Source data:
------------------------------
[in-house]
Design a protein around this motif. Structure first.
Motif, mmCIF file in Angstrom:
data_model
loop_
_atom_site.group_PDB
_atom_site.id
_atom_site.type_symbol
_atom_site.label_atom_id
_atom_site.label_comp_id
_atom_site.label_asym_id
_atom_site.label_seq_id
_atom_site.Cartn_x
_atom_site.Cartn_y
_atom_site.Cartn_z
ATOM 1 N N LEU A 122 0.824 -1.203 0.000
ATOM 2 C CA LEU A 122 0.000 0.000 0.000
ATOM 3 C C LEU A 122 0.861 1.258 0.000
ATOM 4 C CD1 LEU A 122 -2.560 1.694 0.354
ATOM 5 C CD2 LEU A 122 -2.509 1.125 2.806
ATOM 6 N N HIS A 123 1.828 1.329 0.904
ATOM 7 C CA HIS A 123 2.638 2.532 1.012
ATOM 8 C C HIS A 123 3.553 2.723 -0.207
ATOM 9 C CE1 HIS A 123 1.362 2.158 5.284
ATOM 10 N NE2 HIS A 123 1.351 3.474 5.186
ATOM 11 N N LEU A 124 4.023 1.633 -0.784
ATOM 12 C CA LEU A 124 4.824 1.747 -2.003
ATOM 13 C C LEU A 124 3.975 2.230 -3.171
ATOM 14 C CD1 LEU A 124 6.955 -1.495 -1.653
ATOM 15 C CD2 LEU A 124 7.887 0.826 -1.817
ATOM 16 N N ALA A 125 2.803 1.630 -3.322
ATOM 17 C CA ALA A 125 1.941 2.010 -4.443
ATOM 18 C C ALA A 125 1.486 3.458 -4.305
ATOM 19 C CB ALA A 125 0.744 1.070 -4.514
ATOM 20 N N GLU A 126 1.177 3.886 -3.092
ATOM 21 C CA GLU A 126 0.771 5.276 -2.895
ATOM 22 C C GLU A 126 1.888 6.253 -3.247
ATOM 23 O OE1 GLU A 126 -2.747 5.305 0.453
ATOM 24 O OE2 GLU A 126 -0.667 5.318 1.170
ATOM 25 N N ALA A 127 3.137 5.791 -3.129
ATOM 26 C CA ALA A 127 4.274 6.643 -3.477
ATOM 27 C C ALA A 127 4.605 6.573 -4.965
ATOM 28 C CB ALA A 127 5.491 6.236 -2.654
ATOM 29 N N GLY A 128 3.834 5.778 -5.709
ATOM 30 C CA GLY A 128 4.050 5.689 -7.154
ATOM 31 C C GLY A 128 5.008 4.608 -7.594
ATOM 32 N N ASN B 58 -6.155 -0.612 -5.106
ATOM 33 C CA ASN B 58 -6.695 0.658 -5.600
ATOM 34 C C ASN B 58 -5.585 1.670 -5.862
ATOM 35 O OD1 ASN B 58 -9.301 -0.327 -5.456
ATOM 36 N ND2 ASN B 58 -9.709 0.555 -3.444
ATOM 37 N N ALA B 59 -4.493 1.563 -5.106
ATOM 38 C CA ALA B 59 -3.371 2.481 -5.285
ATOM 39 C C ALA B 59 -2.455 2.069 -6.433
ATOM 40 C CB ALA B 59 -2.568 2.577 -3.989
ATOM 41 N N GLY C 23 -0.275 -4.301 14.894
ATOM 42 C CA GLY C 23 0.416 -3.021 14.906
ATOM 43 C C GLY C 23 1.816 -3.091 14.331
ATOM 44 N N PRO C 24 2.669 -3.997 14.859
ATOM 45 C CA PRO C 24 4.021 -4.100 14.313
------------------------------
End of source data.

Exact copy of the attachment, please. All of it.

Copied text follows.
[in-house]
Design a protein around this motif. Structure first.
Motif, mmCIF file in Angstrom:
data_model
loop_
_atom_site.group_PDB
_atom_site.id
_atom_site.type_symbol
_atom_site.label_atom_id
_atom_site.label_comp_id
_atom_site.label_asym_id
_atom_site.label_seq_id
_atom_site.Cartn_x
_atom_site.Cartn_y
_atom_site.Cartn_z
ATOM 1 N N LEU A 122 0.824 -1.203 0.000
ATOM 2 C CA LEU A 122 0.000 0.000 0.000
ATOM 3 C C LEU A 122 0.861 1.258 0.000
ATOM 4 C CD1 LEU A 122 -2.560 1.694 0.354
ATOM 5 C CD2 LEU A 122 -2.509 1.125 2.806
ATOM 6 N N HIS A 123 1.828 1.329 0.904
ATOM 7 C CA HIS A 123 2.638 2.532 1.012
ATOM 8 C C HIS A 123 3.553 2.723 -0.207
ATOM 9 C CE1 HIS A 123 1.362 2.158 5.284
ATOM 10 N NE2 HIS A 123 1.351 3.474 5.186
ATOM 11 N N LEU A 124 4.023 1.633 -0.784
ATOM 12 C CA LEU A 124 4.824 1.747 -2.003
ATOM 13 C C LEU A 124 3.975 2.230 -3.171
ATOM 14 C CD1 LEU A 124 6.955 -1.495 -1.653
ATOM 15 C CD2 LEU A 124 7.887 0.826 -1.817
ATOM 16 N N ALA A 125 2.803 1.630 -3.322
ATOM 17 C CA ALA A 125 1.941 2.010 -4.443
ATOM 18 C C ALA A 125 1.486 3.458 -4.305
ATOM 19 C CB ALA A 125 0.744 1.070 -4.514
ATOM 20 N N GLU A 126 1.177 3.886 -3.092
ATOM 21 C CA GLU A 126 0.771 5.276 -2.895
ATOM 22 C C GLU A 126 1.888 6.253 -3.247
ATOM 23 O OE1 GLU A 126 -2.747 5.305 0.453
ATOM 24 O OE2 GLU A 126 -0.667 5.318 1.170
ATOM 25 N N ALA A 127 3.137 5.791 -3.129
ATOM 26 C CA ALA A 127 4.274 6.643 -3.477
ATOM 27 C C ALA A 127 4.605 6.573 -4.965
ATOM 28 C CB ALA A 127 5.491 6.236 -2.654
ATOM 29 N N GLY A 128 3.834 5.778 -5.709
ATOM 30 C CA GLY A 128 4.050 5.689 -7.154
ATOM 31 C C GLY A 128 5.008 4.608 -7.594
ATOM 32 N N ASN B 58 -6.155 -0.612 -5.106
ATOM 33 C CA ASN B 58 -6.695 0.658 -5.600
ATOM 34 C C ASN B 58 -5.585 1.670 -5.862
ATOM 35 O OD1 ASN B 58 -9.301 -0.327 -5.456
ATOM 36 N ND2 ASN B 58 -9.709 0.555 -3.444
ATOM 37 N N ALA B 59 -4.493 1.563 -5.106
ATOM 38 C CA ALA B 59 -3.371 2.481 -5.285
ATOM 39 C C ALA B 59 -2.455 2.069 -6.433
ATOM 40 C CB ALA B 59 -2.568 2.577 -3.989
ATOM 41 N N GLY C 23 -0.275 -4.301 14.894
ATOM 42 C CA GLY C 23 0.416 -3.021 14.906
ATOM 43 C C GLY C 23 1.816 -3.091 14.331
ATOM 44 N N PRO C 24 2.669 -3.997 14.859
ATOM 45 C CA PRO C 24 4.021 -4.100 14.313